you all got police academy classes out of last year. i mean, you know, you see what i'm saying? you come -- you actually -- your batting average is pretty -- pretty solid. and so now, it is time -- i need some concessions, and so i need you to think about that. if you need more time, then i'm happy to give more time, or i can just work with what the b.l.a. has proposed. chief? >> can we have a little bit more time? >> supervisor cohen: absolutely, but before you have that time, supervisor stefani wanted to ask some questions. >> supervisor stefani: okay. i just wanted to clarify, did we -- the police department has agreed to $3.5 million in baseline cuts, right, with the b.l.a.? >> supervisor cohen: that's true. >> supervisor stefani: okay. and then we removed 2 million, so we're 5.5 million removed from the police department. i just want to make sure i have the right number, so 5.5 million is where we're at,
kelly? >> supervisor cohen: 5.5 million is where we're at total. okay. thank you. thank you for that reminder -- over two years. supervisor yee? >> it's 4.9 for the first year. we're at -- [inaudible] >> okay. so -- you're correct. >> supervisor cohen: okay. supervisor yee? >> supervisor yee: you asked me a question about the 125. that's actually not my request, when i think about it, because the funding i put in there was from last year, so that's already in there. and there was a commitment at the time that they would match it from last year's budget, so i don't know what this is for. >> supervisor cohen: okay. so thank you for that. what is the 125 workload study? 125,000? >> i'm sorry, can you repeat the question? >> supervisor cohen: sure.
so my question was there's $125,000 allocated for a workload study, and supervisor yee indicated that that money was allocated in last year's budget, and there was an undering that you would match that allocation. now, we have before us a request for an additional 125,000 for a workload study. i was under the impression that it was to continue with the revamping of the -- of work assignments and rotations and of the task force. >> madam chair, just for clarification, the 125,000 that we said was actually the money that was appropriated last year and never spent. >> supervisor cohen: oh, it was never spent. i think that answers my question. okay. thank you. thank you. all right. supervisor fewer? >> supervisor fewer: so again, b.l.a. and controller tell me what is the increase to the police budget over a two-year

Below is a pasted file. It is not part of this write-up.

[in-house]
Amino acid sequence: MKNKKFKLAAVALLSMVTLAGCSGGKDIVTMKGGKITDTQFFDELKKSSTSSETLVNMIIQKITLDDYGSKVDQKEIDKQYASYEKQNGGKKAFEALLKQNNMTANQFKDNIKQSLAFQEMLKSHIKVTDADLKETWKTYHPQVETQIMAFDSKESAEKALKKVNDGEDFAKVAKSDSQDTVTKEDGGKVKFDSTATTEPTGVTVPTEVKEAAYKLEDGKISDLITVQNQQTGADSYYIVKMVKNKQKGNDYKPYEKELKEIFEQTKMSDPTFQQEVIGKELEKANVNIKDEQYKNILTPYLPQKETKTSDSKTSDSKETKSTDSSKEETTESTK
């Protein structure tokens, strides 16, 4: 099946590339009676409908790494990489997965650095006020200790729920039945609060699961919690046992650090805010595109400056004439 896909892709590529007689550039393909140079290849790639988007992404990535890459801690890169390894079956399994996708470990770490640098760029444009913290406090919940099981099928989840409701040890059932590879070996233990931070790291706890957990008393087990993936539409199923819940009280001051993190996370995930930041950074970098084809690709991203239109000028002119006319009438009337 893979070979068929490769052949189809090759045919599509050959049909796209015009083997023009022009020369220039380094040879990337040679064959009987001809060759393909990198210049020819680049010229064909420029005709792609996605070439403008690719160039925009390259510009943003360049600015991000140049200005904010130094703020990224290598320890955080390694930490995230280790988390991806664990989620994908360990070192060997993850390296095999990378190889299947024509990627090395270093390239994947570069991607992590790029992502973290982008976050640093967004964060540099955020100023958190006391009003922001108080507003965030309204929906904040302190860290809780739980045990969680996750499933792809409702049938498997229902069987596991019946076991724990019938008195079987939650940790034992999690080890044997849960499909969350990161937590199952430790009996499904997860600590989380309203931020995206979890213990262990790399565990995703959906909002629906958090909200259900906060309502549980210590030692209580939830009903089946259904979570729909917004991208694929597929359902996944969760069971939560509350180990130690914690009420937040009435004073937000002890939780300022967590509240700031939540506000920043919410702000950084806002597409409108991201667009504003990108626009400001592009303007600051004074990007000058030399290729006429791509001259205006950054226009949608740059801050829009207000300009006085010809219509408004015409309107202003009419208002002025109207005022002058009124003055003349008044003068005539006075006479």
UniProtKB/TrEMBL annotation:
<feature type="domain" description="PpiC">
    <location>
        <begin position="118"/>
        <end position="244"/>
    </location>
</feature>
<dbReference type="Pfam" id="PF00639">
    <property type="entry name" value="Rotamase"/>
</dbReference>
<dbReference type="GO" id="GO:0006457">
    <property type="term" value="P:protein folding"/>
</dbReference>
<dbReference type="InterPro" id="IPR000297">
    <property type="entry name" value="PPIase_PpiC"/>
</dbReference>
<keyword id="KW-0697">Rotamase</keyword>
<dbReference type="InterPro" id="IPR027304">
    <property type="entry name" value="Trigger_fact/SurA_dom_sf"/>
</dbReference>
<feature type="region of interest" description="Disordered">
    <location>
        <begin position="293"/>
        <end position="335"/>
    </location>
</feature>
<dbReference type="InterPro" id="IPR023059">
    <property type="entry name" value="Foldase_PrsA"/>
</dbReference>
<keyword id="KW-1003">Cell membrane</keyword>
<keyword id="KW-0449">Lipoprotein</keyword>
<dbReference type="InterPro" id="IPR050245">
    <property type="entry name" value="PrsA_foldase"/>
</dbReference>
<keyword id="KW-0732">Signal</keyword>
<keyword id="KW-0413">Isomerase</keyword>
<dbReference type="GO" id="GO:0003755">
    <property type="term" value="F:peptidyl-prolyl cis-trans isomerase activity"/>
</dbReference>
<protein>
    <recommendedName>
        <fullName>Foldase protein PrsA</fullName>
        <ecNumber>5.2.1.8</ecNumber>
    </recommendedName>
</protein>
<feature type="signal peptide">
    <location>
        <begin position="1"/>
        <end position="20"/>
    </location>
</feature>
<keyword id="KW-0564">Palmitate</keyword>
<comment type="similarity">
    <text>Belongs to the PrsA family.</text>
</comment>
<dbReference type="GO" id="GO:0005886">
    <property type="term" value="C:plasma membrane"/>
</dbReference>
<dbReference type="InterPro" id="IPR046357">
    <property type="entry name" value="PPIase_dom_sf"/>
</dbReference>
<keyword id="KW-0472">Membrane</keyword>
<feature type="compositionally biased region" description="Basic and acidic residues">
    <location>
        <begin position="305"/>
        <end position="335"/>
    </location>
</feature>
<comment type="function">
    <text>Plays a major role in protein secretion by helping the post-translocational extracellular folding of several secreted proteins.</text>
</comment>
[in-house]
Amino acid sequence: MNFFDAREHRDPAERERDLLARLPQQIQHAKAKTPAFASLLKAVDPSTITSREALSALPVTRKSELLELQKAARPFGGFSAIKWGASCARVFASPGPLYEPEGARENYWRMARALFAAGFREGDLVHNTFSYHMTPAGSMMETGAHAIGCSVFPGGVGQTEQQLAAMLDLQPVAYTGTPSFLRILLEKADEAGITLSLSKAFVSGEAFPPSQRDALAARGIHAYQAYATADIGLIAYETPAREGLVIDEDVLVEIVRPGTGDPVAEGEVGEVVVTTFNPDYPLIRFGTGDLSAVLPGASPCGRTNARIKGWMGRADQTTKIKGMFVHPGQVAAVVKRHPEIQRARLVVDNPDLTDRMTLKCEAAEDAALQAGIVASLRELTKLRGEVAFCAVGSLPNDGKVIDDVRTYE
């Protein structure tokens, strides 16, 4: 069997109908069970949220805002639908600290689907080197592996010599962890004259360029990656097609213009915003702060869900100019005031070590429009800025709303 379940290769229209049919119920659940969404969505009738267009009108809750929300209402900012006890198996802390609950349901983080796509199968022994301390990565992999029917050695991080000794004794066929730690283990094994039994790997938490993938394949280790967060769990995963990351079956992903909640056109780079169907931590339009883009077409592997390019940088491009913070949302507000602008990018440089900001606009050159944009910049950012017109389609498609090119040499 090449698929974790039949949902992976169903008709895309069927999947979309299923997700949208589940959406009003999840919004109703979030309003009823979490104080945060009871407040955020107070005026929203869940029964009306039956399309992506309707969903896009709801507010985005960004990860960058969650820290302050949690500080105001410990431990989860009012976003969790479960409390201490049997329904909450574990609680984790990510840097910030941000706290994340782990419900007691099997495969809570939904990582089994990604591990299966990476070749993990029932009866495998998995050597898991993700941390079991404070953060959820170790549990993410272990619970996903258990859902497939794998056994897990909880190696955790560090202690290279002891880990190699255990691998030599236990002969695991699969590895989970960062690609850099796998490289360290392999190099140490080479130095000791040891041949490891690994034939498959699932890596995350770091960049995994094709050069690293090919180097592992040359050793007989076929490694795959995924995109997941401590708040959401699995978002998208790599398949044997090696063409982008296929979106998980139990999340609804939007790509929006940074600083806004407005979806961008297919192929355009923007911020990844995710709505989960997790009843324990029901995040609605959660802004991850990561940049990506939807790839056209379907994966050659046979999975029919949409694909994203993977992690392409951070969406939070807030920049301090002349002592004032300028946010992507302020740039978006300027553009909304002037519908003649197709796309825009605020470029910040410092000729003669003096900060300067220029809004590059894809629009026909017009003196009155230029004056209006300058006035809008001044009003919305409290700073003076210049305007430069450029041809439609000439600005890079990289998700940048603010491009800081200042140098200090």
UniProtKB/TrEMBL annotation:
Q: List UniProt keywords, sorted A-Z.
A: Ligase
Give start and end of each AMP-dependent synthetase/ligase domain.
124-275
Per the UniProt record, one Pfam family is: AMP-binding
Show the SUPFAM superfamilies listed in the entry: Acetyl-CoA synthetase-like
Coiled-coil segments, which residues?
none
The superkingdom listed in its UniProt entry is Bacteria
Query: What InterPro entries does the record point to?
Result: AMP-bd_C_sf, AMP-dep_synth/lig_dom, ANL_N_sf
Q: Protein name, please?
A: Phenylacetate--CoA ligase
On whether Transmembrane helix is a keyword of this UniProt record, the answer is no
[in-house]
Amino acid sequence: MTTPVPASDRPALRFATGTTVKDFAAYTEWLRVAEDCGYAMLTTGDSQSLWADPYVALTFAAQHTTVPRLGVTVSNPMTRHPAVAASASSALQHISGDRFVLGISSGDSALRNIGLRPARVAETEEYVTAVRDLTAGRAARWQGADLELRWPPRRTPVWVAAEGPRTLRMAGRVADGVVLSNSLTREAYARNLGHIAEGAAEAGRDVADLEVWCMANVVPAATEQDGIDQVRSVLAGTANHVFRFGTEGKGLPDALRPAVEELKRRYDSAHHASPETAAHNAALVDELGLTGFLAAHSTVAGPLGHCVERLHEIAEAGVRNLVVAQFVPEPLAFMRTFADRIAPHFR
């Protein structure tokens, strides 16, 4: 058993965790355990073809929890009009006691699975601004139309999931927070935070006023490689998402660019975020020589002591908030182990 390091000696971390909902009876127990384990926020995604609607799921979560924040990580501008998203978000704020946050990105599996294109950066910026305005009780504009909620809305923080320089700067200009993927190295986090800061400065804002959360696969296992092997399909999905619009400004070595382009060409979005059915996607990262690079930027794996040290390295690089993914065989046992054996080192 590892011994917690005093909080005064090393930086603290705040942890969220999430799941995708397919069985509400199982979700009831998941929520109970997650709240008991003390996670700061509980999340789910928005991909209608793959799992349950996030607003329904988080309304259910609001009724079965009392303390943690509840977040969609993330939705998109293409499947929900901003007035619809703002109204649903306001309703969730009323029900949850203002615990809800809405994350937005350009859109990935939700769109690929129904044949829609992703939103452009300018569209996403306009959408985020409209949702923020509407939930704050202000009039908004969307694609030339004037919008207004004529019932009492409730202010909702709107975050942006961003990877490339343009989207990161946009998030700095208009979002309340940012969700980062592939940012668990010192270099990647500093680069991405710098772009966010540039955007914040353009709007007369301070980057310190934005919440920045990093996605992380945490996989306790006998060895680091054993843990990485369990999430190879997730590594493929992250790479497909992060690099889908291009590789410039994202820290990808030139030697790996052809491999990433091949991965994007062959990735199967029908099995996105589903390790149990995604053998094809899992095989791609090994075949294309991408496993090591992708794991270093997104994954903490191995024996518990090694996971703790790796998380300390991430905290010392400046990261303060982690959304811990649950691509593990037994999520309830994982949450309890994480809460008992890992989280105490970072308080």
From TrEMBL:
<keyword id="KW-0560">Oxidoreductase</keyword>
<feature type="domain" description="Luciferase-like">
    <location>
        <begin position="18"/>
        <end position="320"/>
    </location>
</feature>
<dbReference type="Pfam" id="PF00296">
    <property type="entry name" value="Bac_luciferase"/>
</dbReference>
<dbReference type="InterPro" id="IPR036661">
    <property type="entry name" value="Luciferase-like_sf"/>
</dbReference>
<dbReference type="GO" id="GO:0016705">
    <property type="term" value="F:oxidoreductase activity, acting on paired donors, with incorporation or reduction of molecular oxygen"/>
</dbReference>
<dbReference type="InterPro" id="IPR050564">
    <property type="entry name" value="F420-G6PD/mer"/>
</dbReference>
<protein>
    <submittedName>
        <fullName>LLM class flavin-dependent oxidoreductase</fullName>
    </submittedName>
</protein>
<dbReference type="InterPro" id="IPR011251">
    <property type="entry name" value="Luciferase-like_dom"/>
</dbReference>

period. >> so with our recommended reductions in 18-19, the increase is 44 million in 18-19 with our recommended reductions in 19-20, and this is not including our policy recommendations. the increase is 40.2 million. that is based on the total budget, so it would include the airport positions as well as the general fund positions. >> supervisor fewer: okay. thank you. i just want to state for the record i think it is important to know how many vehicles are actually replacement patrol vehicles and how many are take-home vehicles. i just want to state i think it is an important point, and i hope we can get that
information. >> supervisor cohen: okay. so it sounds like -- supervisor stefani pointed something out in error in some of my calculations that there's already a $5.5 million give back, so i'm going to be less aggressive on what i'm trying to do here. i'm going to take -- yes, catherine? okay. i'm going to take 500,000 in reserve from the body cameras, and then, i'm going to take 500,000 from professional services, and then, i'm done. and then, i'm happy to entertain a motion. [inaudible] >> supervisor cohen: excuse me? to the controller's office. >> i apologize, madam chair. i've lost track. could you -- >> supervisor cohen: sure. 500,000 from reserve for the
body worn cameras, and then, $500,000 for professional services contract. i'll leave the workload study. >> okay. understood. >> supervisor yee: i'd like -- >> supervisor cohen: supervisor yee? >> supervisor yee: i'd like to at least look at the vehicle and reduce it by the 500,000 so it's consistent with last year. >> supervisor cohen: okay. so you're saying 4 million? >> supervisor yee: right. their ask is 4.5. i'd reduce it to 4. >> supervisor cohen: okay. so that's 1.5. all right. i'll make a motion -- supervisor -- ben? >> just -- we understand, so together, that's a $1 million reduction to the budget that's in front of you for body cameras -- sorry, for the professional services and the increase in the fleet allocation, and then, it's a